Now I'd like to turn to the operating results. We processed 145,000 tons of EAF dust during the quarter, 4.5% increase from the same quarter last year. This increase reflects primarily the increase in our processing capacity with the addition of the second kiln at the Barnwell plant. EAF dust receipts were essentially the same as the prior-year second quarter at 138,000 tons, or 3% higher than the first quarter of 2011, reflecting a slight increase in output in the steel industry, and an increase in market share as we entered into new long-term contracts with additional steel mills during the quarter.

According to industry statistics, domestic steel production averaged approximately 75% of capacity utilization during the second quarter of this year, just up very slightly from the 74% during the first quarter of this year, and 73% for the second quarter of last year. Currently, industry statistics indicate that steel industry capacity utilization remains in the mid-70% range.

While we continue to believe there's considerable upside to these current dust receipt levels, both from growth and steel output and market share gains, we do not anticipate significant changes in EAF steel production in the short term based on recent public comments by several steel producers.

As noted previously, while we have this period of excess, EAF dust recycling capacity, we started a series of planned major maintenance outages at our recycling plants to assure the long-term reliability of these units. We will be taking the equivalent of 98 kiln days of outages during the third quarter, and 34 kiln days in the fourth quarter to complete this major maintenance work. EAF dust processing rates should match fairly closely with receipts during the third quarter.

Zinc product shipments increased by 2% compared with the prior-year second quarter. On a sequential quarter basis, comparing the second quarter of 2011 to the first quarter, zinc product shipments increased 3.4%, 37,688 tons. Zinc oxide shipments were somewhat flat compared with the first quarter. We had expected zinc oxide shipments to increase during the second quarter compared with the first quarter, as we resume commercial relationships with several customers following the restart of the Monaca refinery in the fourth quarter of last year. While we were pleased to reestablish supplier relationships with these customers, these gains were offset by weaker shipments to other customers due to softer end market demand.

It may take until the start of next year after we renegotiate annual contracts for oxide shipments to fully recover. Regardless of the fluctuations we may experience from zinc oxide shipments, we expect to make up any shortfall by selling additional zinc metal to maintain the smelter producing at full output.

Zinc metal shipments increased 25% compared with the prior-year second quarter, and 6% compared with the first quarter of this year. Increase reflects both stronger demand for our end markets -- from our end markets, particularly in the brass sector, and our successful efforts to sell PW and SSHG metal outside our traditional markets. We expect the near-term demand for PW and SSHG metal to be comparable to the second quarter.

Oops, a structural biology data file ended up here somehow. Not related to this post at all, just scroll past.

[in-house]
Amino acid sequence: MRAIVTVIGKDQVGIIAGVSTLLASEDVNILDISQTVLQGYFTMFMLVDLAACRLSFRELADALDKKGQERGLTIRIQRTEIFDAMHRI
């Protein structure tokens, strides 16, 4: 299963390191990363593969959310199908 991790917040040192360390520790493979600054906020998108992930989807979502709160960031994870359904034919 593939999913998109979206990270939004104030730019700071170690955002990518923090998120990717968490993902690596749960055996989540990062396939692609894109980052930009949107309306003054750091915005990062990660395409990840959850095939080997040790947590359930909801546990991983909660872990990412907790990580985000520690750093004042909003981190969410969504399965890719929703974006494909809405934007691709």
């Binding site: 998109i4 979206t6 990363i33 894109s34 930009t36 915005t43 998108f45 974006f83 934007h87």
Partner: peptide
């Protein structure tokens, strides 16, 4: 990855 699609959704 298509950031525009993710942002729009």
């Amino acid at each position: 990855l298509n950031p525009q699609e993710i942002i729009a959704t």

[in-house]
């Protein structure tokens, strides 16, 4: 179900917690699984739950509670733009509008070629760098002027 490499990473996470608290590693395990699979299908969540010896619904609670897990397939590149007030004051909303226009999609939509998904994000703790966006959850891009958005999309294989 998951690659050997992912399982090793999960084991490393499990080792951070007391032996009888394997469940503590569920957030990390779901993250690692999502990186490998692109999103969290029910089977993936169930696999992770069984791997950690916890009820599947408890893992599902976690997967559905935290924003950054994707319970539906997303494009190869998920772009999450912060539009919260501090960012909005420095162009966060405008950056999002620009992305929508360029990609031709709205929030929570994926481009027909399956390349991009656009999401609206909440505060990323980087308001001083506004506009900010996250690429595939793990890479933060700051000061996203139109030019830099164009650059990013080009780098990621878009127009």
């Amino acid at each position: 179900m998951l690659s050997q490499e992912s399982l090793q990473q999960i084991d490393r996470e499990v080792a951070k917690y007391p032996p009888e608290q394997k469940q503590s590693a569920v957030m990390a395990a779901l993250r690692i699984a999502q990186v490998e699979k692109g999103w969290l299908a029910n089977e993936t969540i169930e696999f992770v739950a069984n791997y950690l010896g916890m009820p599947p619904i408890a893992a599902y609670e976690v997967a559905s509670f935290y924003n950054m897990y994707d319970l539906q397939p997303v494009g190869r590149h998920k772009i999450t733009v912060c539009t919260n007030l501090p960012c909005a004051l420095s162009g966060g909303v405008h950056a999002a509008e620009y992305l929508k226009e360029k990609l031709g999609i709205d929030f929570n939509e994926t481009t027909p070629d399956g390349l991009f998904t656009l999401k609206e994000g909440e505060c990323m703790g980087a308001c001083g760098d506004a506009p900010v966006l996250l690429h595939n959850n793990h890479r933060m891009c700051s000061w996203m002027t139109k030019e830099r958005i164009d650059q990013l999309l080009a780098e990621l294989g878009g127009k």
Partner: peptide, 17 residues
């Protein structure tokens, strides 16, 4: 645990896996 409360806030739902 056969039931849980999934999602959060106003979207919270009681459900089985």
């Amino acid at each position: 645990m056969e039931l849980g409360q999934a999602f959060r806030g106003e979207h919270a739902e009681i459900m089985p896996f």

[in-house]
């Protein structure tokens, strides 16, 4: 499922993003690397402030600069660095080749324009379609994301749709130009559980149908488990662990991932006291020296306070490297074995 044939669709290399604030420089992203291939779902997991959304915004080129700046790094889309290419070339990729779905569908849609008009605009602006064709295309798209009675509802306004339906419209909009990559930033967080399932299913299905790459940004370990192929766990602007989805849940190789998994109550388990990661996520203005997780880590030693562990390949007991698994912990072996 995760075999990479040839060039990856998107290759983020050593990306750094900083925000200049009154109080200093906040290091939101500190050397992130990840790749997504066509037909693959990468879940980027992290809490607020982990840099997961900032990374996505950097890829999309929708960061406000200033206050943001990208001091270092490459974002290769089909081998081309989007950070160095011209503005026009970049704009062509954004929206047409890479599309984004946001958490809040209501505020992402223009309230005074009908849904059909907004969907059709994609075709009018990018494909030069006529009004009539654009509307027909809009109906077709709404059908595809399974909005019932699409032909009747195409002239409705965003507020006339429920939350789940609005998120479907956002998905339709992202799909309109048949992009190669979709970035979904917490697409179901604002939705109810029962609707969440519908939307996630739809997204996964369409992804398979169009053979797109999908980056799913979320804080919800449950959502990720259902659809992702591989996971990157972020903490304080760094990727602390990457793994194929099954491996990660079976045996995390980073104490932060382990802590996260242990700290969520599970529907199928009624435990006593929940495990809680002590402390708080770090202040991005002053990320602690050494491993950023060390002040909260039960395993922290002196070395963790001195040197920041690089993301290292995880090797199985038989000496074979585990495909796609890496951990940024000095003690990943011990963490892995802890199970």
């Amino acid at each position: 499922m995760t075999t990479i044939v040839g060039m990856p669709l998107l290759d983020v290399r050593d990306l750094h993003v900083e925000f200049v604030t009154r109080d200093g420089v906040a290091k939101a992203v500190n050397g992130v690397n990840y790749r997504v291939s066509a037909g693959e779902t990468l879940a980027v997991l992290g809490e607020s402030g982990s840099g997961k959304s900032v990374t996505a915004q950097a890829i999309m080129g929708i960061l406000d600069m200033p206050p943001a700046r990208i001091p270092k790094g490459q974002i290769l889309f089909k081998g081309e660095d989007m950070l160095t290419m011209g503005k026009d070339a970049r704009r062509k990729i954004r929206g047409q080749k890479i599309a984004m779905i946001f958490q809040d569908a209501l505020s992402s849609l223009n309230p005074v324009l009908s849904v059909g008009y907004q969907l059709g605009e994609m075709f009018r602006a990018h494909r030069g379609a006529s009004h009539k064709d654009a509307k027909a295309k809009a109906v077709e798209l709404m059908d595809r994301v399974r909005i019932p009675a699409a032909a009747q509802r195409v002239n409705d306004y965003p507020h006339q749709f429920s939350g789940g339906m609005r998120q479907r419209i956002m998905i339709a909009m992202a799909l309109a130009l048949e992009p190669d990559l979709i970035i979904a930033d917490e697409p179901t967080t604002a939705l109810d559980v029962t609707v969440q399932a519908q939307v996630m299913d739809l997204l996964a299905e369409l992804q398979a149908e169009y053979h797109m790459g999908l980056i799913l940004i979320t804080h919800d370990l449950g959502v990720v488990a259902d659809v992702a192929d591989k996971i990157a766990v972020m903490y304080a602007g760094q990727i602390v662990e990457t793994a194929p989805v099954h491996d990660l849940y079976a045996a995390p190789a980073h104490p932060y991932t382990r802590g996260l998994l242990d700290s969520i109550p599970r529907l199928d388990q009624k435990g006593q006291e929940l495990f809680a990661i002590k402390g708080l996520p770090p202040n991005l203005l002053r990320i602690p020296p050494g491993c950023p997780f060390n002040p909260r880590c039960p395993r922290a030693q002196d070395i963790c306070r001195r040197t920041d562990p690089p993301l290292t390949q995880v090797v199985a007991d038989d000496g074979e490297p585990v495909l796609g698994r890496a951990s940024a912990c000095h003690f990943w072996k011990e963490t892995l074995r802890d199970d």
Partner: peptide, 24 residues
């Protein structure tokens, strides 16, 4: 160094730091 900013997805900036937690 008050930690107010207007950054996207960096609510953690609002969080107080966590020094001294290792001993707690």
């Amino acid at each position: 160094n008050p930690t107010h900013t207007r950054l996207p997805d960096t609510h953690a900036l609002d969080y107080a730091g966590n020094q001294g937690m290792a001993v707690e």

We expect to continue to operate our full complement of 6 zinc smelting furnaces for the balance of the year. However, during the month of July, we lost about 1,500 tons of production due to production difficulties stemming from a lost transformer, and issues with raw material and coke quality impacted production. These production issues are beginning to stabilize but may result in lower third quarter shipments.

Moving on to discuss the zinc pricing environment. LME zinc price averaged $1.02 per pound during the second quarter, which was about $0.10 higher than the prior-year second quarter at $0.92 per pound, $0.07 lower than the first quarter 2011 average of $1.09. Zinc prices have been volatile since the end of the quarter and are currently trading below $1 per pound.

The realized premiums on zinc metal averaged $0.03 during the quarter, just comparable to the first quarter of this year and the second quarter of last year. In general, transactional premiums in the domestic market are improving due to a tightening supply of SHG metal.

Realized premiums for zinc oxide in the quarter were approximately LME flat, which is about $0.06 higher than the first quarter of this year. We implemented price increases for several large zinc oxide accounts, which took effect in the second quarter. Realized premiums also increased due to the slight lag effect, the contractual premiums, the entire producers as a result of the higher LME prices in the first quarter.

INMETCO had another solid quarter. INMETCO's pretax income increased 166% compared against the second quarter of 2010, $5.8 million. Increase was due to higher shipment volumes and higher nickel prices. Shipments of nickel-bearing remelt alloy, increased about 14.5% compared to the prior-year second quarter, primarily as a result of lower production levels last year due to the timing of the annual maintenance outage. INMETCO will take their annual maintenance outage before the end of this year. We currently expect to take it either in late September or early October, depending on equipment condition.

Nickel prices averaged $10.96 per pound during the second quarter, which is up $0.81 per pound from the second quarter of last year. Currently, nickel prices are trading at approximately $10 per pound. We hedged about 40% of INMETCO's nickel price exposure earlier this year, and $11.84 per pound through the end of 2011.

INMETCO continues to operate at full capacity, even though tolling receipts softened during the quarter, stainless steel producers took outages during the summer months. We're getting some indications that stainless steel production is expected to pick up in August.